The National Center for Critical Incident Analysis conducted nine workshops to help state and local officials coordinate with federal officials and prepare for a pandemic or other health crisis. Stephen Prior, the NCCIA Executive Director, coordinated workshops for the National Governors Association. Ford Rowan and Barbara Monseu participated as speakers in the meetings. For an interim report on the workshops, click here..

A preliminary preparedness assessment concluded that there is raised awareness in state government of the problem and potential widespread impact of a pandemic. All states had significant and wideranging awareness of the threat, its origin, and its potential impacts. Additionally, all states were aware of the unique characteristics of a pandemic and the challenge posed for effective planning. But the interim assessment found some shortcomings.

Plans for response and recovery from a pandemic episode continue to have gaps. These shortcomings translate directly into areas in which the states and the federal government should next concentrate their efforts. For example:

  • States have not adequately considered how their individual decisions on school closure will impact other states, nor is there consensus among states on how to communicate with the public on this issue. Federal, state, and local authorities must clearly communicate with the public about the purpose and objective of closing schools or dismissing students. They also must recognize the potential impact of those decisions on the availability of workers in both the public and private sectors.
  • States do not adequately understand what federal capabilities might be expected at the state level and how federal agencies will engage with them during a pandemic. The presence at some of the regional meetings of the designated Principal Federal Official (PFO) for pandemic response offered the first opportunity for most states to interact with these potentially valuable federal liaisons, but the continued lack of clarity about federal roles and responsibilities—and the triggers for their engagement—contributed to an overall confusion about the federal response.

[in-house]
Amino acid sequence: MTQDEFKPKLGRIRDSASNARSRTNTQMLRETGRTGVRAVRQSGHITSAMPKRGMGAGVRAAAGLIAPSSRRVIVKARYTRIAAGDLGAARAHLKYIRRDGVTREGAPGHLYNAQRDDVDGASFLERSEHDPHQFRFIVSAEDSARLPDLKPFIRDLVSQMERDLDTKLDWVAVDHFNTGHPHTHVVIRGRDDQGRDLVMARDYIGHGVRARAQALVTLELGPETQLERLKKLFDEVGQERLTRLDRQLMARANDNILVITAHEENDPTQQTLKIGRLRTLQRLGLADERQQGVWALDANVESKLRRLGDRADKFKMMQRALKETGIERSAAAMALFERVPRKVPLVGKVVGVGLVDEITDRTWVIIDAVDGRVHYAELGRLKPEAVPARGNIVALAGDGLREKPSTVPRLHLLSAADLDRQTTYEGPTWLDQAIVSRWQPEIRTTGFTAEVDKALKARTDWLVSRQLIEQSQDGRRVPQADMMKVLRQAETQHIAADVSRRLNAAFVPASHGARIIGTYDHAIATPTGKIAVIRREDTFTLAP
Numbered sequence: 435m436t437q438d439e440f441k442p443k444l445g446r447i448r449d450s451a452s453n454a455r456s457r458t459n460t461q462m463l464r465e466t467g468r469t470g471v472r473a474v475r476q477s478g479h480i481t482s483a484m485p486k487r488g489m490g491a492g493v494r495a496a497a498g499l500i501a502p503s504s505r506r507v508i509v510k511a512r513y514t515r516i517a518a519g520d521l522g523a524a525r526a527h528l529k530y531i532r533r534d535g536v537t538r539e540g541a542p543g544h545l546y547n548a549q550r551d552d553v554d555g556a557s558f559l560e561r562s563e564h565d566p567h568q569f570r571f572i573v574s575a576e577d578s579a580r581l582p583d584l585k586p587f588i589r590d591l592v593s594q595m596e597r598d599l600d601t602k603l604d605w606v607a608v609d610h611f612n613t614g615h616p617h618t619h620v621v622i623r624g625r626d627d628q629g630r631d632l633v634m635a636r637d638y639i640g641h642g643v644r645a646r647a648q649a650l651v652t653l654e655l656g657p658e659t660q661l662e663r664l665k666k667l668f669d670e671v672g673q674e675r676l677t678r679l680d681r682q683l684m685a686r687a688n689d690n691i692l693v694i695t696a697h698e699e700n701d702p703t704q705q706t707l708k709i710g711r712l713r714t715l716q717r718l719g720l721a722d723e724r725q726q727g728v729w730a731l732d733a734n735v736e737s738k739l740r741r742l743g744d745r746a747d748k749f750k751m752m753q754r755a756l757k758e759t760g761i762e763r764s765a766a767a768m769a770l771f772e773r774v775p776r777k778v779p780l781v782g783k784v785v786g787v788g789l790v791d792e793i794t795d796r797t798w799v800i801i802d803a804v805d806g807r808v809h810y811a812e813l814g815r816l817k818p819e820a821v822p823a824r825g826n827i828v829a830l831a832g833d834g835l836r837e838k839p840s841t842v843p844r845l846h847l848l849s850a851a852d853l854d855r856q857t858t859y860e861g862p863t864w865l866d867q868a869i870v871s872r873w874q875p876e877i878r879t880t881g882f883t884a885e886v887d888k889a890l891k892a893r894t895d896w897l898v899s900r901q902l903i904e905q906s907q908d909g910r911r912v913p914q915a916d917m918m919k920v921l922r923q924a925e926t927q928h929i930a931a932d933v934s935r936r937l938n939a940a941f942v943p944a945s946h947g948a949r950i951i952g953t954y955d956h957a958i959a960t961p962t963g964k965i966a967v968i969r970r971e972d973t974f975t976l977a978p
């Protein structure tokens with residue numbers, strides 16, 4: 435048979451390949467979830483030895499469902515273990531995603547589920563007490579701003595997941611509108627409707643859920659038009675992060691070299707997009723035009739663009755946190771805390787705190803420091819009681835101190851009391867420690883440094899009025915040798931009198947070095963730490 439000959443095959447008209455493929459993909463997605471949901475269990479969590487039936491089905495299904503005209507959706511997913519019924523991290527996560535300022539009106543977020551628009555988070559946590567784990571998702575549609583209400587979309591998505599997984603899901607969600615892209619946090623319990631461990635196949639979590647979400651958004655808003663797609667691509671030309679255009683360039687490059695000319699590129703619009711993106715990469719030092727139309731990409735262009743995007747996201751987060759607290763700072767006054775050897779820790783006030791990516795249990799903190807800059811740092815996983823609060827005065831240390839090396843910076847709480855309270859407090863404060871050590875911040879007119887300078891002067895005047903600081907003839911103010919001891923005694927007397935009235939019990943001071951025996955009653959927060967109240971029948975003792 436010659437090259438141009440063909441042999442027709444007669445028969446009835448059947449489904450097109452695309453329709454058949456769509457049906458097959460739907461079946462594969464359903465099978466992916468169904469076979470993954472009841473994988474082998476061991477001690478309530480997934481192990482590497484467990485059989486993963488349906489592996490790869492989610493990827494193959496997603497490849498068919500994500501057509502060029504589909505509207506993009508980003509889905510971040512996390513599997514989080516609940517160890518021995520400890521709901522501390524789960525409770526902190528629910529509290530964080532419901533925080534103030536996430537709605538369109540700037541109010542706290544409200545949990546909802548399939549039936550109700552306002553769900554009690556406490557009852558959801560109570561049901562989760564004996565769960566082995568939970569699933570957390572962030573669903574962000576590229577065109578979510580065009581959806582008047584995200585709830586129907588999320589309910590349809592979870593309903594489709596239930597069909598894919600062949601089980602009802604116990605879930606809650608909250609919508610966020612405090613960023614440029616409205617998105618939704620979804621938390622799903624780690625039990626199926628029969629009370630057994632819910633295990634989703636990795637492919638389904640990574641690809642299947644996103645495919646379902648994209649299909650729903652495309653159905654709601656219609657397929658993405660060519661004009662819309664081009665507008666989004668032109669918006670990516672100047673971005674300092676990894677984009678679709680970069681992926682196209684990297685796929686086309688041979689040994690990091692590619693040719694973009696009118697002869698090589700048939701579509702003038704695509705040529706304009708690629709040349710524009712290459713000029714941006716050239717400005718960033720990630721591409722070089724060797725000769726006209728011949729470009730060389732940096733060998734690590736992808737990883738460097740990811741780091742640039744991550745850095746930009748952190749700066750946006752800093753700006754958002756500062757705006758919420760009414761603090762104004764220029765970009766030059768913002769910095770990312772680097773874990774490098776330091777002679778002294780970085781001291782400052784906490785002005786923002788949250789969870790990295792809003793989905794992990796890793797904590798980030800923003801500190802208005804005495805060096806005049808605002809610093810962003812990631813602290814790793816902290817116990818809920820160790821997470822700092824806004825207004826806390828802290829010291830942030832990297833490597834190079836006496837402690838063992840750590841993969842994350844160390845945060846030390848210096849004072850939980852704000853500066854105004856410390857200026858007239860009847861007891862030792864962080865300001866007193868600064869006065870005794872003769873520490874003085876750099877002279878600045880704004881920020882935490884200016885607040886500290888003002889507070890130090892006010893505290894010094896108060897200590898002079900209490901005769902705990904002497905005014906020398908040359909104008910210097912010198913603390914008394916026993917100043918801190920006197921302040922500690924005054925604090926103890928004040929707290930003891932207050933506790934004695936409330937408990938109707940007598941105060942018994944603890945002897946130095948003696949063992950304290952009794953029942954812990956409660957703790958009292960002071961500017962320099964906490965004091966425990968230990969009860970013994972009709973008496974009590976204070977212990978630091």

• Prioritizing the order in which antiviral medications—for either treatment or prevention—are distributed to different groups continues to challenge states. Few clear examples were identified for either prioritization strategies or attendant public communication messages. Although this represents a “moving target” for most states as they continue to stockpile material, it is clearly an area that will generate significant public discussion and should be addressed in advance of any action during a pandemic episode.
  • The workshops revealed that informal contacts are in place among officials from states in each region. Those networks have proven effective for most past incidents, but they should be formalized and institutionalized because a pandemic has the potential to overwhelm informal links, particularly if key personnel become sick or are otherwise unavailable.
  • State plans rely heavily on the availability of privately held infrastructure, response by volunteer organizations, or actions by other organizations outside their immediate control. Yet the roles and responsibilities of those entities are not clearly defined in most state plans.
  • The awareness of potential shortages of critical goods and services was frequently cited as a challenge to the states. However, no solutions were provided for ensuring the availability of goods and services across state and national borders, and there appeared to be little coordination with the private sector in the development of state-based strategies.
  • Few states have conducted state-specific economic analyses of their economies under pandemic conditions, and no information was readily available during the workshops about the business of government (e.g., collection of taxes and fees or the potential effect on states’ ability to fund programs, pay vendors, or underwrite special prevention measures).